Shopping for Kid-Friendly Growth: "Hey, Dad. Where's the Next McDonald's?"
On its Website, Sharebuilder provides a list of the most popular 50 stocks that its customers buy. Among the household names that every kid has heard of are:
Retailers: Wal-Mart (WMT), Home Depot (HD), Starbucks (SBUX), Target (TGT), Lowe’s (LOW), Costco (COST), McDonald’s (MCD), Whole Foods (WFMI), Krispy Kreme (KKD);
Tech/Internet Companies: Microsoft (MSFT), Google (GOOG), Apple (AAPL), eBay (EBAY), Dell (DELL), Yahoo (YHOO);
Others: Disney (DIS), Ford (F), Coca-Cola (KO), PepsiCo (PEP), General Motors (GM), Boeing (BA).
I have offered various comments on soft drink makers, doughnuts, and some of the Internet and tech companies in prior posts. Today I turn to the retailing sector, where we find many of the most successful growth stocks of all time.
A Retrospective Look at McDonald’s
The textbook example of the chain-store growth phenomenon is McDonald’s, which (according to the company’s Website) got its start in 1954 when 52-year old Ray Kroc mortgaged his house and tapped his entire lifetime savings to become the exclusive distributor for a five-spindled milk shake mixer. Eight of these milk shake mixers soon found their way into an innovative Southern California fast-food hamburger stand run by two brothers named Dick and Mac McDonald. Mr. Kroc’s enthusiasm and persistence convinced the McDonald brothers put him in charge of franchising the fast-food Speedee Service System they had developed a few years earlier and were using at eight locations. In 1955, Mr, Kroc set up in Des Plaines, Illinois, the restaurant that McDonald’s counts as its first franchise. Today, after a half-century of impressive growth as leader of the fast-food industry, McDonald’s operates, either directly or through franchisees, over 32,000 restaurants in 119 countries.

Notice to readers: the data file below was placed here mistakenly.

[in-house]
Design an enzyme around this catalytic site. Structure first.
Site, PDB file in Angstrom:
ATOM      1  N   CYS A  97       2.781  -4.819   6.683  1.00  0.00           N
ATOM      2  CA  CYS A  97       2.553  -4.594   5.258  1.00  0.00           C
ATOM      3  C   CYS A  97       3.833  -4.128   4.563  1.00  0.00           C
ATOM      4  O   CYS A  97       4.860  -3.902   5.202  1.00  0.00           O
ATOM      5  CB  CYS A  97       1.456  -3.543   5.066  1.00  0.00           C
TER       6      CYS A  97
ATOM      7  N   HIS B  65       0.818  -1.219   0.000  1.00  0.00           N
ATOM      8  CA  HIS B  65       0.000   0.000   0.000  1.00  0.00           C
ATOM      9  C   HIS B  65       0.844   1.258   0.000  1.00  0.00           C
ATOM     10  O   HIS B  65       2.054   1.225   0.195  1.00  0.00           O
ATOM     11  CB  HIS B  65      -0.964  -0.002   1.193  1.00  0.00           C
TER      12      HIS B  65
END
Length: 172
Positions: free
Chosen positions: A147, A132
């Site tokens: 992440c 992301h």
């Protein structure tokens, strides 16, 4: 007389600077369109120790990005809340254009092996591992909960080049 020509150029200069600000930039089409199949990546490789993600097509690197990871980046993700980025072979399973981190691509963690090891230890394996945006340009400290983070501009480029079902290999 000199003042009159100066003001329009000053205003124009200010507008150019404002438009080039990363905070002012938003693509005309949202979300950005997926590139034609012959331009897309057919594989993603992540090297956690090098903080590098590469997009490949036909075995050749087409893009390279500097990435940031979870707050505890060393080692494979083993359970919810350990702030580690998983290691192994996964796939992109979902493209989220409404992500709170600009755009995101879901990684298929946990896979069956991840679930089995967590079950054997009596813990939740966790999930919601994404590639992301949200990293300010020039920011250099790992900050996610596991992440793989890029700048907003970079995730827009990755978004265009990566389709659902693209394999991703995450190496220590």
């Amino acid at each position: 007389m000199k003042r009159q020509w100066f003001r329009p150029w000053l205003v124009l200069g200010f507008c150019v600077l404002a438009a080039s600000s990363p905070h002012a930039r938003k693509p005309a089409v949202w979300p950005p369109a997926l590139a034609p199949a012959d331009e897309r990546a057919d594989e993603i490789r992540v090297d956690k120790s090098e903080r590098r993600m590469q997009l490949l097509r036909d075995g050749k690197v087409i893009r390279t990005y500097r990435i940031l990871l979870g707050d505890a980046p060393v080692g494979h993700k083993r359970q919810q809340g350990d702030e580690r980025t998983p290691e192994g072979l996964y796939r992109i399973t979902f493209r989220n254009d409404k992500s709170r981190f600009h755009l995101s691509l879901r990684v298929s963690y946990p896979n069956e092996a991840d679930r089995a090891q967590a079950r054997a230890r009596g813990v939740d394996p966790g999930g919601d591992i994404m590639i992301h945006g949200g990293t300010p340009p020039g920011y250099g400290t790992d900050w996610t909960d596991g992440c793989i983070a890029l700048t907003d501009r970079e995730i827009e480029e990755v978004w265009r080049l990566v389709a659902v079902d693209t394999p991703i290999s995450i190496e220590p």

Anyone prescient enough to have put aside a few dollars of hamburger money for buying McDonald’s stock early on should be financially very content today. I recall visiting my local McDonald’s to fill up their 18-cent burgers during the 1960s while growing up in Southern California. Today these basic hamburgers run $1 apiece on McDonald’s value menu. Let’s compare this five- or six-fold rise in hamburger price to an investment in McDonald’s stock over the same four decades. An hypothetical $500 invested in 20 shares of McDonald’s stock in 1965 (the year of its IPO) would have become 1458 shares through 12 stock splits, and today would be worth (assuming reinvestment of dividends) more than 1000 times (!) the initial investment. That’s a compound annual growth rate (CAGR) of 19% over 41 years, miles ahead of the single-digit returns (e.g., S&P 500 at 6.7%) for the overall market. In dollar terms, $500 invested in the S&P 500 in 1965 would be worth $7,200 today. This 15-fold appreciation is a decent return-on-investment, but it’s a far cry from the $520,000 that the McDonald’s investment would have generated.
McDonald’s success marks the beginning of the rapid growth of multiple waves of chain-store retailers over the past 50 years:
1950s-1960s: McDonald’s grows through franchising the Ronald McDonald and Golden Arches theme to serve millions and millions of hamburgers daily. Burger King (founded in the 1950s, IPO expected later this year), Wendy’s (WEN, founded in the 1960s) and Dairy Queen (owned by Berkshire Hathaway, founded in the 1940s) are a few of the other successful chains in the fast-food business.